In New England, where I teach, time is measured by temperature. New Englanders cherish Indian summers (the bout of warmth before fall settles in); we sense the bite of autumn, and can smell an oncoming snow. We are a community of seasons, and ultimately these changes dictate the course and development of our year. In turn, to show the development of my classes’ reading progress throughout the year, I drew my inspiration from what New England is famous for—its foliage. To visually represent my classes reading progress within the reading workshop, I developed a reading tree.
The concept of the tree is simple: for every book read, students received a leaf. On the leaf they wrote their initials, the book they read, and the author. They would then staple the leaf to their class’ branch. In turn, students had a visual representation of their individual progress (because they put their initials on the leaves) as well as their class’ progress. They would look to the tree to see what books were the most popular/appeared on the tree most often.
The reading tree exhibits student work and promotes individual success. In addition, it also reinforces teamwork since students look to see how their class is doing as a whole. Furthermore, the tree inspires friendly competition between classes. When I first introduce the tree, I tell students that the class with the most books read wins an ice cream party at the end of the year. This year, due to increased federal health regulations on snacks during the school day, my rules have changed. Instead, students will be able to drop two of their lowest reading scores. Unlike last year, I will tally the total books per class every quarter instead of at the end of the year to determine each quarter’s winner.
Construction for the tree is relatively simple and can be used from year to year.
- One concrete form tube sawed in half. I purchased mine from Home Depot and they sawed it in half for me
- Two cans of brown spray paint. I used a textured spray paint similar to Rust-oleum’s multicolored textured spray paint, but you can use any type
- A ream of brown paper—the same type you use to cover bulletin boards
- A staple gun and staples.
- Four packs of different colored paper for the leaves.
- Brown or black duct tape
- Bulletin board
- Spray paint the concrete form tube with the two cans of brown spray paint. This will serve as your trunk.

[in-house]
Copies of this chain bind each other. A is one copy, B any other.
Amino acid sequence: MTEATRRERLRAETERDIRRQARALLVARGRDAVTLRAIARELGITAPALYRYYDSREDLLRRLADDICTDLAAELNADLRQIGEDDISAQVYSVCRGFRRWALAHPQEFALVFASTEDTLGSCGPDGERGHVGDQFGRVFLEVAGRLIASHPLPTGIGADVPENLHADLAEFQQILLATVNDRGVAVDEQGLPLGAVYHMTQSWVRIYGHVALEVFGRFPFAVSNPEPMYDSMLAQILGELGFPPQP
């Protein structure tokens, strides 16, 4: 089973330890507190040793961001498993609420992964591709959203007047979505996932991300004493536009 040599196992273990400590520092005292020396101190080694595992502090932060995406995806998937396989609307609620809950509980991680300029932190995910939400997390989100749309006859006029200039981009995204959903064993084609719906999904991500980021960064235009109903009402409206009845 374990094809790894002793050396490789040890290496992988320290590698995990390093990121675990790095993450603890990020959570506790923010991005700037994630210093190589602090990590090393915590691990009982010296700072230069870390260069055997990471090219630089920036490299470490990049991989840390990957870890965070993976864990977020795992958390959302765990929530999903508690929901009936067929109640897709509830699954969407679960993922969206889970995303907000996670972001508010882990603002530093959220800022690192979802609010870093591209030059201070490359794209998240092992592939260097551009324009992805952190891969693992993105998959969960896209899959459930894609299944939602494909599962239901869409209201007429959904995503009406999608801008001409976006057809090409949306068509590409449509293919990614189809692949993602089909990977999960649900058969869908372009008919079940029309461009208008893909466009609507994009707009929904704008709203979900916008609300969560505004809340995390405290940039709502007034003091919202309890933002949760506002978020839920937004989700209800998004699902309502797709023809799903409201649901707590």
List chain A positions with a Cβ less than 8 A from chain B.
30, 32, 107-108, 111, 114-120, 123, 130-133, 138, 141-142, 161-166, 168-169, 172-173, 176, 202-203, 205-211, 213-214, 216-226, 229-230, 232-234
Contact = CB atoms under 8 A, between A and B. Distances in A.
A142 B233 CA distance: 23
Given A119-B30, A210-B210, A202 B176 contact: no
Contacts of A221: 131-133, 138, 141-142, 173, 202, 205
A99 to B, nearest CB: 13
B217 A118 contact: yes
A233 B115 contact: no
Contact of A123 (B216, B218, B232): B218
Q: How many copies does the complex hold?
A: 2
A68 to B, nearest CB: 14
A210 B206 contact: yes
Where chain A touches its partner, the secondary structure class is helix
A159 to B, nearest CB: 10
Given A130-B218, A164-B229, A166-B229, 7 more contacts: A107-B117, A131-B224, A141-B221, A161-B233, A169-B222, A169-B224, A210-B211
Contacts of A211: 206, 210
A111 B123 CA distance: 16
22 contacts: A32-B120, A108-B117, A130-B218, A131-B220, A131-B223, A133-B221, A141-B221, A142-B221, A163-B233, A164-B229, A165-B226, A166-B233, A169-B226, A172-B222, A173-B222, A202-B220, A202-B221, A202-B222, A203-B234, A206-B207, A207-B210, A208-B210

- Pull large sections of the paper of the ream and begin twisting the paper. As you twist the paper, begin stapling it to the concrete tube using the staple gun. Continue ripping off multiple pieces of paper from the ream, twist and intertwine them as you go along. This will make your trunk look three-dimensional and more realistic. Leave long ends on the bottom. Twist these to a point to create the roots of the tree.
- Before you get to the top of the trunk, fashion what looks like a strap. I did this by taking a piece of the brown paper and folding it to make a 2’ X 6” rectangle to wrap around the top of the trunk and affix to the wall. I reinforced the back of the piece of paper with brown duct tape. I then put this strap around the front of the trunk where the bulletin board first meets the concrete tube. I stapled the strap to the tree then the excess ends of the strap to the bulletin board to ensure that the tree wouldn’t fall over once it was complete.
- Finally, I continued twisting individual brown pieces of paper and then layering them by twisting multiple pieces together to create a thicker branch. Make sure to create a branch for each of your classes that will be participating.
- As you create the larger branches, staple them to the bulletin board. Because the paper is pliable, it is easily to manipulate to look more like a tree. Add smaller branches by twisting additional paper scraps.
- Cut out small leaves and store them in a jar or bag to give out to students as they finish their books. I usually have a volunteer cut them out for me so that I have a bulk amount for each quarter.
- Get excited to watch your tree (and readers) blossom!
While the tree may look complex, it does not take an extraneous amount of time to complete or teach to students. Last year, I allowed my classes to pick which branch they would like to use. Furthermore, I color coded the leaves based on the quarter. Each quarter, I would let my students pick the new leaf color. Green was the first quarter, red was second, orange was third, and yellow was fourth. Just as fall foliage shows the change of seasons in New England, the changing leaves showed my students their development and growth as readers throughout the year.